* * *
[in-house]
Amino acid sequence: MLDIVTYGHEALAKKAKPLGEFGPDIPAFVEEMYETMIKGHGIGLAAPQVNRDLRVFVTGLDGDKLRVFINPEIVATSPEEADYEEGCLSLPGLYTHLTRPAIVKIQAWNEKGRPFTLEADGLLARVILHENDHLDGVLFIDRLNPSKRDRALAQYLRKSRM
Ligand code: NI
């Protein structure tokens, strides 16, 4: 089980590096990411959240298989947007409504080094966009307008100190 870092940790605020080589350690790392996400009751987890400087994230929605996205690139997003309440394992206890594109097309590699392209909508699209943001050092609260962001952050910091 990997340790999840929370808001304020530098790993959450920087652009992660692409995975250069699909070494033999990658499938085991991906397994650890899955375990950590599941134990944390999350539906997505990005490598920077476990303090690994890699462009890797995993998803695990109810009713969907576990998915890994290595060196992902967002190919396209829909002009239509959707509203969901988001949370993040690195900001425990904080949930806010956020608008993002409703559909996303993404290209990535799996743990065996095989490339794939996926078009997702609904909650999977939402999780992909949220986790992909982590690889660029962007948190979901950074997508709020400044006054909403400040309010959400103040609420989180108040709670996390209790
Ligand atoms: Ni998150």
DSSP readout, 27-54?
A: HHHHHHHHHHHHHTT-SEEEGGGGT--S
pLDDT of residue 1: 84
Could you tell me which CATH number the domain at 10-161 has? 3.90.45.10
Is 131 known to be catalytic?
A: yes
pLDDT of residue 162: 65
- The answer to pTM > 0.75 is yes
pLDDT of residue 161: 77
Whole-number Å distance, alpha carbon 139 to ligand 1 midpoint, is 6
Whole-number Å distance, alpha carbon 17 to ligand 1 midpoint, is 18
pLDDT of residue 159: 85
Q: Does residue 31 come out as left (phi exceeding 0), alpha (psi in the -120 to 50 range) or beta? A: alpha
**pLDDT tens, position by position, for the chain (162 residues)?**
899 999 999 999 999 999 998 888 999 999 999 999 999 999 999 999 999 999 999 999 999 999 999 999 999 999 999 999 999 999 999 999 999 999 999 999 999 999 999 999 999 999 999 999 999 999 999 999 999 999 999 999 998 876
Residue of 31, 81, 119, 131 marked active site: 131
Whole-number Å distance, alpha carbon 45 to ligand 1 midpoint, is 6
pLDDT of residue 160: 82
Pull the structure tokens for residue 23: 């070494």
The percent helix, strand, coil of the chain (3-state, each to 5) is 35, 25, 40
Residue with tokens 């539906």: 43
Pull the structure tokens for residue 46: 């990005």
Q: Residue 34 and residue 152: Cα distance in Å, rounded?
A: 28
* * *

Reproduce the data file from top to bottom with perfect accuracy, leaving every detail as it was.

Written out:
[in-house]
Amino acid sequence: MLDIVTYGHEALAKKAKPLGEFGPDIPAFVEEMYETMIKGHGIGLAAPQVNRDLRVFVTGLDGDKLRVFINPEIVATSPEEADYEEGCLSLPGLYTHLTRPAIVKIQAWNEKGRPFTLEADGLLARVILHENDHLDGVLFIDRLNPSKRDRALAQYLRKSRM
Ligand code: NI
């Protein structure tokens, strides 16, 4: 089980590096990411959240298989947007409504080094966009307008100190 870092940790605020080589350690790392996400009751987890400087994230929605996205690139997003309440394992206890594109097309590699392209909508699209943001050092609260962001952050910091 990997340790999840929370808001304020530098790993959450920087652009992660692409995975250069699909070494033999990658499938085991991906397994650890899955375990950590599941134990944390999350539906997505990005490598920077476990303090690994890699462009890797995993998803695990109810009713969907576990998915890994290595060196992902967002190919396209829909002009239509959707509203969901988001949370993040690195900001425990904080949930806010956020608008993002409703559909996303993404290209990535799996743990065996095989490339794939996926078009997702609904909650999977939402999780992909949220986790992909982590690889660029962007948190979901950074997508709020400044006054909403400040309010959400103040609420989180108040709670996390209790
Ligand atoms: Ni998150």
DSSP readout, 27-54?
A: HHHHHHHHHHHHHTT-SEEEGGGGT--S
pLDDT of residue 1: 84
Could you tell me which CATH number the domain at 10-161 has? 3.90.45.10
Is 131 known to be catalytic?
A: yes
pLDDT of residue 162: 65
- The answer to pTM > 0.75 is yes
pLDDT of residue 161: 77
Whole-number Å distance, alpha carbon 139 to ligand 1 midpoint, is 6
Whole-number Å distance, alpha carbon 17 to ligand 1 midpoint, is 18
pLDDT of residue 159: 85
Q: Does residue 31 come out as left (phi exceeding 0), alpha (psi in the -120 to 50 range) or beta? A: alpha
**pLDDT tens, position by position, for the chain (162 residues)?**
899 999 999 999 999 999 998 888 999 999 999 999 999 999 999 999 999 999 999 999 999 999 999 999 999 999 999 999 999 999 999 999 999 999 999 999 999 999 999 999 999 999 999 999 999 999 999 999 999 999 999 999 998 876
Residue of 31, 81, 119, 131 marked active site: 131
Whole-number Å distance, alpha carbon 45 to ligand 1 midpoint, is 6
pLDDT of residue 160: 82
Pull the structure tokens for residue 23: 């070494």
The percent helix, strand, coil of the chain (3-state, each to 5) is 35, 25, 40
Residue with tokens 């539906």: 43
Pull the structure tokens for residue 46: 């990005």
Q: Residue 34 and residue 152: Cα distance in Å, rounded?
A: 28